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Biomed anlysis: "Frugal innovation for good health" PDF Print E-mail


Innovation has much to offer the developing world, but the key is for it to be driven by the needs of the people whose lives it aims to improve.

The developing world needs support for low-tech health innovations that do not compromise on effectiveness.

The global economic recession has left many industries cutting costs, hitting science funding hard. Against this backdrop, a new movement of 'frugal science' is taking hold, in which researchers are hunting for the most cost-effective health technologies for developing countries.

Cost is rarely the only limiting factor; health technologies need to be 'low-tech' — as electricity supplies can be erratic, or hospital environments not always sterile, for instance — without being 'low-spec'.

The aim of the frugal science movement is to foster 'frugal innovation' in which the goal is to find the simplest and cheapest way of doing something without compromising effectiveness.

Broad approach to innovation.

An example of a process innovator is Asm Amjad Hossain, a Bangladeshi immunisation officer who won the Gates Vaccine Innovation Award. He raised immunisation rates in his two districts from 67 to 85 per cent and 60 to 79 per cent in a year by registering pregnant women with their expected date of delivery, location and phone number, so that vaccinators knew when and where the children were born, and how to contact their mothers.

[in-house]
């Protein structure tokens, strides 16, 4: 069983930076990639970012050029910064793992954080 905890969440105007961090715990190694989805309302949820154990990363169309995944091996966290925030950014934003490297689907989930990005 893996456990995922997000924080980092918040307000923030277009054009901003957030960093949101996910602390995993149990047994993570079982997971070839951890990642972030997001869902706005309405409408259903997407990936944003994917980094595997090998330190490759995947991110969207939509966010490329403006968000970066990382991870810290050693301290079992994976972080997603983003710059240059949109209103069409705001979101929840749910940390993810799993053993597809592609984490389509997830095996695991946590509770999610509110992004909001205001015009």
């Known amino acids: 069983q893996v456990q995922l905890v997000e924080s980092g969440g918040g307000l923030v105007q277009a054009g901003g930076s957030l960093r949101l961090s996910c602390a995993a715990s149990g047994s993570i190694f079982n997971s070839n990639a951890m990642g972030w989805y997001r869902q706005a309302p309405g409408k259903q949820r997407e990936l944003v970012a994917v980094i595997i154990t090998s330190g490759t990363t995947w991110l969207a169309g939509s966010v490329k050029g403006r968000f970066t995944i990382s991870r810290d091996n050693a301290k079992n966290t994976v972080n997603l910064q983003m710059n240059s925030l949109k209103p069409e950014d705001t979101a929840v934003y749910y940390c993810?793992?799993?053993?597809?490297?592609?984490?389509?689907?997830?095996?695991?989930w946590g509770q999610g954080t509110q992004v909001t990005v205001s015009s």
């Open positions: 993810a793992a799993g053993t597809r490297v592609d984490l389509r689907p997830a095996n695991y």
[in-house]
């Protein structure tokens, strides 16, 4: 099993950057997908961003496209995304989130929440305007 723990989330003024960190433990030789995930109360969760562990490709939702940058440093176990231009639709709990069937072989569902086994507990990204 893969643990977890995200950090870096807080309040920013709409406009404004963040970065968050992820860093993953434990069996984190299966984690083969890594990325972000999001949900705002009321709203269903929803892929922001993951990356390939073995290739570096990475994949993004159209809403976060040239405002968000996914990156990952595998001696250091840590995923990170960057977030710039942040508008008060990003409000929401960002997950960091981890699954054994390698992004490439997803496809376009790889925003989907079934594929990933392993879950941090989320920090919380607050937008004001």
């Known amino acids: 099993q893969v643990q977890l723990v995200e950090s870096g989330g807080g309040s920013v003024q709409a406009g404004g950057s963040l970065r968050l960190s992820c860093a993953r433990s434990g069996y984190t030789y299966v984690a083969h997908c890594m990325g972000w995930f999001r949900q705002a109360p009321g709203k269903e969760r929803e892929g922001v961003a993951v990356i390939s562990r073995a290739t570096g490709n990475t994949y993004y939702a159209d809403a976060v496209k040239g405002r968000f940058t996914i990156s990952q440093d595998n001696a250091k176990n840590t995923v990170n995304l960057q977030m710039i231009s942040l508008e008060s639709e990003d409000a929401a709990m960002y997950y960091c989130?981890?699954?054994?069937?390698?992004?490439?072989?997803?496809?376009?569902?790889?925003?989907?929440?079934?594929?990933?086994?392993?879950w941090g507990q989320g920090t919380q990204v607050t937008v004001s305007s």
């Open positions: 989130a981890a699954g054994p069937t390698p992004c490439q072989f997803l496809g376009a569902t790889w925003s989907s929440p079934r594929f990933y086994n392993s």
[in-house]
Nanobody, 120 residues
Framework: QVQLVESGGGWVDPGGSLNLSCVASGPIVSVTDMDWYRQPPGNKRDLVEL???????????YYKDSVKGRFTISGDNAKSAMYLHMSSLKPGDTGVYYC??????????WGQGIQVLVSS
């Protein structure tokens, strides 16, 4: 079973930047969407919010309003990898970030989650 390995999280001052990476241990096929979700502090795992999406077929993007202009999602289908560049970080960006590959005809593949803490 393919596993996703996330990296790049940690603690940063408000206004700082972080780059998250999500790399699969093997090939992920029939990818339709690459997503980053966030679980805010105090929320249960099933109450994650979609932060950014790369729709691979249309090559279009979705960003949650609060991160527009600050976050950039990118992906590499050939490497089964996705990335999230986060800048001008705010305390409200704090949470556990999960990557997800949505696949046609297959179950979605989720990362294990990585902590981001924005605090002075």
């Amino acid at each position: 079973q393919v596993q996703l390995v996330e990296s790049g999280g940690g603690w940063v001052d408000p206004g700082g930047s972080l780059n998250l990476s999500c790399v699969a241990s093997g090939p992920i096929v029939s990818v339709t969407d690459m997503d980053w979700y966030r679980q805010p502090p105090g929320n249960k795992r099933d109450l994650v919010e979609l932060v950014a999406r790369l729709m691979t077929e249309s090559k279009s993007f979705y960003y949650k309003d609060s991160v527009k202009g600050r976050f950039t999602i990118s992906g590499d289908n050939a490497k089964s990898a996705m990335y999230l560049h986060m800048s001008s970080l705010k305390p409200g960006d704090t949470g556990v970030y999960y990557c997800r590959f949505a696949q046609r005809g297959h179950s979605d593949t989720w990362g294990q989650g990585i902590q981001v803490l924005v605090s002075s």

The report encourages health researchers to be holistic in their vision, incorporating innovation in agriculture (which can do much to alleviate health problems such as malnutrition) or road safety (traffic accidents are a leading cause of death in India, for instance).

Appreciating what works

Because these innovations have largely been driven by small-scale entrepreneurs, progress has been fragmented. However, governments and international organisations need to appreciate the benefits the entrepreneurs are pioneering if the approach is to make greater impact.

For instance, The Lancet report suggests that governments should assess new health technologies before funding them or agreeing to scale them up, to ensure that they are appropriate for the population.

Donors, meanwhile, should consider what medical devices are sent to poor countries —sending equipment that is difficult to use can be futile. A report by the WHO found that in some countries as much as 80 per cent of medical devices are donations from richer countries. But too often, hospitals are not able to use them properly because of a lack of training or an unstable power supply, and the machinery languishes unused.

Universities and research institutes could play their part by helping to assess healthcare technologies through simulation and modelling techniques.

Innovation has much to offer the developing world, but the key is for it to be driven by the needs of the people whose lives it aims to improve.

Adapted from http://www.scidev.net/en/new-technologies/opinions/biomed-analysis-frugal-innovation-for-good-health.html

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